by Dave Driscoll
For many small business owners, deciding when to sell the business may be the hardest decision of their careers. How do you know whether you just need a break or are truly ready to exit the business?
Four questions may help you clarify your situation.
Do you return from vacation refreshed and ready to jump back in…or filled with dread?
Take a real vacation, meaning don’t check in with your business multiple times per day, and don’t keep doing the same work as usual, just from a different location. Having strong employees to manage and solve problems is essential for the health of you and your company. Owner-dependent companies are far less valuable when selling the business. Do yourself and your business a favor and regularly take vacations to relax and regroup.
Returning from vacation is often bittersweet. However, if you are unable to muster some enthusiasm and fresh perspective after a genuine break, it’s time to begin preparing for the eventual sale of your business. Continuing to plod along without making solid progress toward your eventual exit will only leave you and your business drained.
Do you have the energy to operate and grow your business?
Owning a business is emotionally and physically exhausting. But entrepreneurs often derive a unique energy from this exhaustion that drives them forward. Do you still feel energized for the daily tasks, as well as strategic long-term planning and implementation? Owners who wait until they are burnt out jeopardize the survival of the business, in addition to reducing business value that should have provided the financial means for their own life beyond business.™ Remember, if a business isn’t growing, it’s dying. Maintaining the same level of business isn’t good enough because inevitably this results in a slow downward spiral as competitors step up and woo your customers with newer, better, faster offerings.
Is your business growing?
This may seem counter-intuitive, but the best time to sell your business is when it’s growing. Businesses with stagnant or declining financial results will not bring top-selling prices. Sellers often point to opportunities to regain and expand market share and would like the sale price to account for that potential. But buyers logically question why the current owner has not capitalized on those opportunities. Of course, buyers anticipate they can grow the business by bringing in fresh ideas and perspectives, but they are willing to pay more for businesses with less initial risk.
What can you do if your business is not growing? Identify the value drivers that can make the most significant improvement to your bottom line. Do you need to strengthen your management team and delegate daily tasks, allowing you to focus on growth initiatives? Is your business dependent on a small number of key clients? What improvements could significantly impact efficiency? Reach out to your business advisors for an objective perspective of ways to maximize your resources and improve your company’s profitability. Investing this effort a few years before you intend to sell your business will support a higher business valuation and sale price.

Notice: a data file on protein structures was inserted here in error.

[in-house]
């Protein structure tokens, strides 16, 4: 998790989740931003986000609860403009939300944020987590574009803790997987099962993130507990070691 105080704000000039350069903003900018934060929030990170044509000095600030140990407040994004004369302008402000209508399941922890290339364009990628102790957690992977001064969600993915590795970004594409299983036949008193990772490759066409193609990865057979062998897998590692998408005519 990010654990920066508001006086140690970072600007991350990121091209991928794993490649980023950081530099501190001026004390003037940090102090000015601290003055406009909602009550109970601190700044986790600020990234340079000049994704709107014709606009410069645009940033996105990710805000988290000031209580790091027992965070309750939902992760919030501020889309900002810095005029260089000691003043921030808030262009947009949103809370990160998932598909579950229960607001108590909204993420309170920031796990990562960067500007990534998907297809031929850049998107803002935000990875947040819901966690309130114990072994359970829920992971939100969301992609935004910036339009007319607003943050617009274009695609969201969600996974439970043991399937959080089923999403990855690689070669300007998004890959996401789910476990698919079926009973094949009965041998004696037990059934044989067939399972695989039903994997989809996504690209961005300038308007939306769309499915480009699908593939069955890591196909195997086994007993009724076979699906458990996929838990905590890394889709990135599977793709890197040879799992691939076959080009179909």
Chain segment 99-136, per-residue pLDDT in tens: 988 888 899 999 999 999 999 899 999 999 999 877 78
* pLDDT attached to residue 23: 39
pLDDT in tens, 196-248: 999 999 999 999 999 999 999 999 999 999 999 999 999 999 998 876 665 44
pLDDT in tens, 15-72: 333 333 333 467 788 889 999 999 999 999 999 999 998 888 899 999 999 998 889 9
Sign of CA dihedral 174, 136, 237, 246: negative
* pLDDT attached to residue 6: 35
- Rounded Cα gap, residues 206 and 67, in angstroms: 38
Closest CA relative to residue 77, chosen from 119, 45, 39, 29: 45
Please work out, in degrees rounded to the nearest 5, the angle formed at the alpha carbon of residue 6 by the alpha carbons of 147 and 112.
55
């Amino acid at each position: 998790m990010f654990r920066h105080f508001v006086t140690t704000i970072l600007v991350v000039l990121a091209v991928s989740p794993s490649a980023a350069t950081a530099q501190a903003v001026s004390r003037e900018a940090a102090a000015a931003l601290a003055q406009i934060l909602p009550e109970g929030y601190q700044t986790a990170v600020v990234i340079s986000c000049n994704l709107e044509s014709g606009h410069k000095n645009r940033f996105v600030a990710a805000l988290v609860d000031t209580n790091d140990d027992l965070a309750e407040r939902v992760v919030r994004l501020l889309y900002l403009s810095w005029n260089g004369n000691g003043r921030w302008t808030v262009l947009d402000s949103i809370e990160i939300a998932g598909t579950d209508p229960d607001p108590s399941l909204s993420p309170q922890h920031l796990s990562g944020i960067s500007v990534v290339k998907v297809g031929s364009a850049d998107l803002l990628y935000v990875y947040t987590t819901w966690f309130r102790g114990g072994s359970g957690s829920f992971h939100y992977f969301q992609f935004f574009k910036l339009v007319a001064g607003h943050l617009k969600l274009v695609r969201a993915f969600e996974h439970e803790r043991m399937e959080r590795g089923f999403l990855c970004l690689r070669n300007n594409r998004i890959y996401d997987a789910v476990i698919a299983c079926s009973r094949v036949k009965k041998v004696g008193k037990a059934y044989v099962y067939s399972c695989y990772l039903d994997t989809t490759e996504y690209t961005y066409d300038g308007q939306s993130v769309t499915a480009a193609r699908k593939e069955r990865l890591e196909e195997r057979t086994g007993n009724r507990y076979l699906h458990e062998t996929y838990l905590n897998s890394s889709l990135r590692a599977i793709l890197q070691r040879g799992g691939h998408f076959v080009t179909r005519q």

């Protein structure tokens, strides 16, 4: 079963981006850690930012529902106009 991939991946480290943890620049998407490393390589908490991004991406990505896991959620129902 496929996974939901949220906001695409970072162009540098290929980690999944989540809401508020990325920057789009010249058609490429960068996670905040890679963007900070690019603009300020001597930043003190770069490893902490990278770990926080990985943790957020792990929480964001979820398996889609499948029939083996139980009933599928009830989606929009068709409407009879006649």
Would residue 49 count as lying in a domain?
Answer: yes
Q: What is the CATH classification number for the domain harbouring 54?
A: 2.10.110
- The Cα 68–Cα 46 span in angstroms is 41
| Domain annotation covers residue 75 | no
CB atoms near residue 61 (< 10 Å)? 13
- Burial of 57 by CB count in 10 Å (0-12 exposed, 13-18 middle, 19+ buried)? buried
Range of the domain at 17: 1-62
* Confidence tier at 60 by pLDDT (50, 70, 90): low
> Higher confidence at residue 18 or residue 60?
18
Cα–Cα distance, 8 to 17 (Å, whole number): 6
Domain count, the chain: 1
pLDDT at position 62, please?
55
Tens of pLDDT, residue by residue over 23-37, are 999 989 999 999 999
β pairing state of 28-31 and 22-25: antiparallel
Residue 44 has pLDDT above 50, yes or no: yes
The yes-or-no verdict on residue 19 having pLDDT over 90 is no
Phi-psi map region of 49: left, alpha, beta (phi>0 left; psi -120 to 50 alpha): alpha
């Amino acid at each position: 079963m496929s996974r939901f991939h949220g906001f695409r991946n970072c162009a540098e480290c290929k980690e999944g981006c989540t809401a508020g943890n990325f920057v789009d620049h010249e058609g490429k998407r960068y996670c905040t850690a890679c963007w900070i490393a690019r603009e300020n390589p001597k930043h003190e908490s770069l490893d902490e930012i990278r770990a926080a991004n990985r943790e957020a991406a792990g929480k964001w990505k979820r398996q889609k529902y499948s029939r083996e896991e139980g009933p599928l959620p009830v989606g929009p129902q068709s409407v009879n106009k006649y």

Are you ready to meet the changes and challenges in your industry?
The pandemic was the ultimate lesson in adapting and pivoting business practices in ways most owners never seriously considered. But far less drastic circumstances also require that businesses evolve regularly. New technology, changing societal norms, consumer preferences, and escalating expectations touch nearly every industry. Do you view the future of your industry with curiosity and excitement, or with apprehension and fear? A little anxiety around the unknown is normal, but if you notice that your outlook is shifting to foreboding, you should be organizing the documentation to tell your company’s story and consulting with a business broker to begin selling your business.
Explore your subconscious feelings and attitudes about your ownership path with these questions. Ideally, every owner should operate as if the business might be sold tomorrow. Regularly taking an honest look at your stamina and your situation may be hard. However, burying your head in the sand will only allow your business value to drop, while increasing your stress.
Dave Driscoll is president of Metro Business Advisors, a business brokerage, valuation and exit planning firm helping owners of companies with revenue up to $20 million sell their most valuable asset. Reach Dave at DDriscoll@MetroBusinessAdvisors.com or 314-303-5600. For more information, visit www.MetroBusinessAdvisors.com.